Why your website should be like a world class football team

I was explaining how websites work to a ‘fresh’ out of college student (my cousin) at the weekend. After about 15 minutes of starting off with the basics it didn’t take long for him to go cross-eyed! Bless him.

SEO, CRO, Visits, UX, Goals, Content, Keywords, PPC, Inbound Links, Page Ranks, Scores etc etc

I then had to break it down to him that a website should be like…well….Manchester United (that’s who he supports). This is how I explained the basics of a website and its functions to him:

“Your website should be like Manchester United. A well organised team who know what their own job roles are. Your team (website) is there to create you goals so that you can win more games (win business). To help you achieve these goals you will need players (web pages). However, these players (web pages) will need to be strong and will need to keep the ball (visitor) as much as they can in the form of possesion (traffic stickiness).

Sometimes, some players (web pages) will give away the ball (visitor) too many times (points of leakage) and they will need to be either replaced or trained up (optimisation) but you can only find points of leakage by watching each player closely (using Analytics). Some of these players (web pages) will occasionally receive the ball halfway (campaign landing pages) and will require extra flair and intelligence (content) in order to pass the ball (visitor) to another player (web page) preferably a striker.

Ideally that player (web page) needs to pass it to someone like Wayne Rooney (conversion page) who will shoot and most likely score (goal!!). There will be times when Wayne Rooney gets tired and goes off form (optimisation) and you will need to get him back into shape (testing) and ultimately increase his performance (conversion rate).

Manchester United don’t play the same opposition every week so therefore you will need to adjust your players (web pages) to handle different types of opposition (traffic type). Not every player (web pages) can handle the same opposition every week so they need to be flexible but good at keeping the ball (engaging content).

“Why don’t I just have a website full of Wayne Rooney’s then?” he said.

“Why has Sir Alex Ferguson bought players like Nani who can hold the ball (engaging content) and Antonio Valencia (landing page)?

Because Manchester United are a team (website) and they work together and they all need different skills in order to pass the ball (visitor) to the likes of Wayne Rooney (conversion page) to get you your goals (conversions, leads, business opportunities, money, sales)”

After I had explained it in this form he better understood the purpose of a website and then started scribbling what looked like a site map but in the form of a ‘tactics’ blackboard you would see in a football teams dressing room at half-time. My work was done!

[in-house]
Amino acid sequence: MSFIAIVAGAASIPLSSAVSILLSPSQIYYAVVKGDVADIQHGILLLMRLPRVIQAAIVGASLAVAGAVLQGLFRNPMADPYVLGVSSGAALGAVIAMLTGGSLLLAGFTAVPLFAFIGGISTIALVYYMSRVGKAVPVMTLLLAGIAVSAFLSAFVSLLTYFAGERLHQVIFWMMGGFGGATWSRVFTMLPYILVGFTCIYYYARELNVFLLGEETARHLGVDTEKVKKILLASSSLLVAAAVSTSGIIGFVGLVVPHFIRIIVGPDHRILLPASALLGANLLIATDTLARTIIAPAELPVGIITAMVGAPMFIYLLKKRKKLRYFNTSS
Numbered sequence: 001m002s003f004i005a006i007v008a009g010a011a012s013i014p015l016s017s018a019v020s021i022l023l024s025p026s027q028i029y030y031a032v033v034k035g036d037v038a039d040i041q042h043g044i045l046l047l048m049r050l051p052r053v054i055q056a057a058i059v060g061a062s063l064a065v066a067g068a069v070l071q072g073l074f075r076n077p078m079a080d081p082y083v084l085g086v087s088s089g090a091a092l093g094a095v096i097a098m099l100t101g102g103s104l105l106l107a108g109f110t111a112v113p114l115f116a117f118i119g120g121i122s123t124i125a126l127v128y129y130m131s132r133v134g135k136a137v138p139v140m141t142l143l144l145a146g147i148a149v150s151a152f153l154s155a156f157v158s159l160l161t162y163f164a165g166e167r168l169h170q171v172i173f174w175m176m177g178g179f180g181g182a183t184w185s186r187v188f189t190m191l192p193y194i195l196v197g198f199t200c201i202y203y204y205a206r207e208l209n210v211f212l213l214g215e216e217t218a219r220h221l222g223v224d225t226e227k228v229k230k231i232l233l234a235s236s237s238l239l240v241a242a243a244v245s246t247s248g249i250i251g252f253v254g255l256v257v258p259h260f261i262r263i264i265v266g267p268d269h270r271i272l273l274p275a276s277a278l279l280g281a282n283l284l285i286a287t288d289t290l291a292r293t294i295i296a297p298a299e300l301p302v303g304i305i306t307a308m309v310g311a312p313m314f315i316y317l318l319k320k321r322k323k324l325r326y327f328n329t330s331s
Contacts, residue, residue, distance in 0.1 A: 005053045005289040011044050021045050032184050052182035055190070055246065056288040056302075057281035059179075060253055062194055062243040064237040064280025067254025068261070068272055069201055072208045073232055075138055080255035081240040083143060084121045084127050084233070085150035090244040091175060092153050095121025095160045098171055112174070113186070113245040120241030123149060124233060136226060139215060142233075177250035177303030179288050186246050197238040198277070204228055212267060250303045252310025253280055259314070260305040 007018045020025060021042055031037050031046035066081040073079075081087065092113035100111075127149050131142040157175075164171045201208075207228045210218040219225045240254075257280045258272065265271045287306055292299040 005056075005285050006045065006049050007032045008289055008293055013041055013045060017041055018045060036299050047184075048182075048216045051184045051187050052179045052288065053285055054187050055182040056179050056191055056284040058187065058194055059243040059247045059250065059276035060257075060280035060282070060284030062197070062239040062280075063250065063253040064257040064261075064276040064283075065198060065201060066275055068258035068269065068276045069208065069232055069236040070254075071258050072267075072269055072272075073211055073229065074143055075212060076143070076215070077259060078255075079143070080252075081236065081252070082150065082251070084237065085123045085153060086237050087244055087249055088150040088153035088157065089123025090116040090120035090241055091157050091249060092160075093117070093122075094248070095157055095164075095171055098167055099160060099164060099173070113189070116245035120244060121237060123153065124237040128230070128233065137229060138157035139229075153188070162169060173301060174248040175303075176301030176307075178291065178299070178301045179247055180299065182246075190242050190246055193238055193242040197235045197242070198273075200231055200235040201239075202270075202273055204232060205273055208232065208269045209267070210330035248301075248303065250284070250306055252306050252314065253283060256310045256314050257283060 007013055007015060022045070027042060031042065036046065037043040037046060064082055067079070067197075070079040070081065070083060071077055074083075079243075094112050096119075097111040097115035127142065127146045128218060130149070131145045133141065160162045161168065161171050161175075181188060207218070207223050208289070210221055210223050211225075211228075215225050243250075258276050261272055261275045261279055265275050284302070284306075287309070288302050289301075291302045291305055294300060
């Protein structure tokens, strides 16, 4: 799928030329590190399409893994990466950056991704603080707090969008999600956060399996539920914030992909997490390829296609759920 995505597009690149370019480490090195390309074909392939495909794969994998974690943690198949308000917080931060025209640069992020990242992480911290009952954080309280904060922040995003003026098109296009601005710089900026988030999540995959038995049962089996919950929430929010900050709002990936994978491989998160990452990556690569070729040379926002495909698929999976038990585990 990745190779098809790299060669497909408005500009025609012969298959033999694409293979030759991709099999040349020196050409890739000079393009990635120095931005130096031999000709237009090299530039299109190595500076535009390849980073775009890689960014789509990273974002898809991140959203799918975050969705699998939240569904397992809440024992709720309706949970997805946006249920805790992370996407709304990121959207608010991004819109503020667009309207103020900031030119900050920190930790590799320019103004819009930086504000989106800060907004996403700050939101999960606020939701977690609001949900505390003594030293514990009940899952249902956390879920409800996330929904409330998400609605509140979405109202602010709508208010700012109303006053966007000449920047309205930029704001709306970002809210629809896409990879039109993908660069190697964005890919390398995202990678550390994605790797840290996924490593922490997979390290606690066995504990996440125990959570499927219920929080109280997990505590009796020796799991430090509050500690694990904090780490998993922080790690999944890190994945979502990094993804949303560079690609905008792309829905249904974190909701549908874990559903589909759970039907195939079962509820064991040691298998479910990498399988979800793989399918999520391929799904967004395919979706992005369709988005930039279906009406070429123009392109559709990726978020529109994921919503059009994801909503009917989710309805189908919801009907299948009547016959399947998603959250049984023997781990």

So, my question to you is this “Are your Michael Carricks, Nani’s, Valencia’s and Wayne Rooney’s performing on your website?”

P.S – If your thinking about leaving a comment on ‘world-class’ and ‘Manchester United’ then don’t even think about it.

4 thoughts on “Why your website should be like a world class football team

  1. Lawrence

    Great idea! Of course it’s not all about the match – the training beforehand where the different players are tested against each other (multivariate or AB testing) before being selected by big Alex (web team). If they don’t perform well during the game he subsitutes them for another (continuous improvement cycle) and gives the bad ones the hairdryer treatment (critical analysis by web team).

  2. priteshpatel9

    Yes, your quite right Lawrence. Training (A/B testing) is very important indeed in making sure you have the right players (web pages) with the right skills (content) to get you the goals for success.

    Excellent addition!

  3. James H

    “Your website should be like Manchester United” but more often than not ends up like West Ham United! Players (web pages) are changed on an arbitrary basis, new formations (pages, site structure, funnels) are tried without any form of testing, the management team changes it’s KPIs from League position, FA Cup to avoiding relegation (audience size, engagement, revenue etc) and understanding the fundamentals of tactics (anything more than a top line summary) remains beyond most, but everyone still retains the right to an opinion!

    Stretching the analogy too far? Perhaps and it does paint an unnecessarily negative picture of web analytics. The same can’t be said for West Ham unfortunately!


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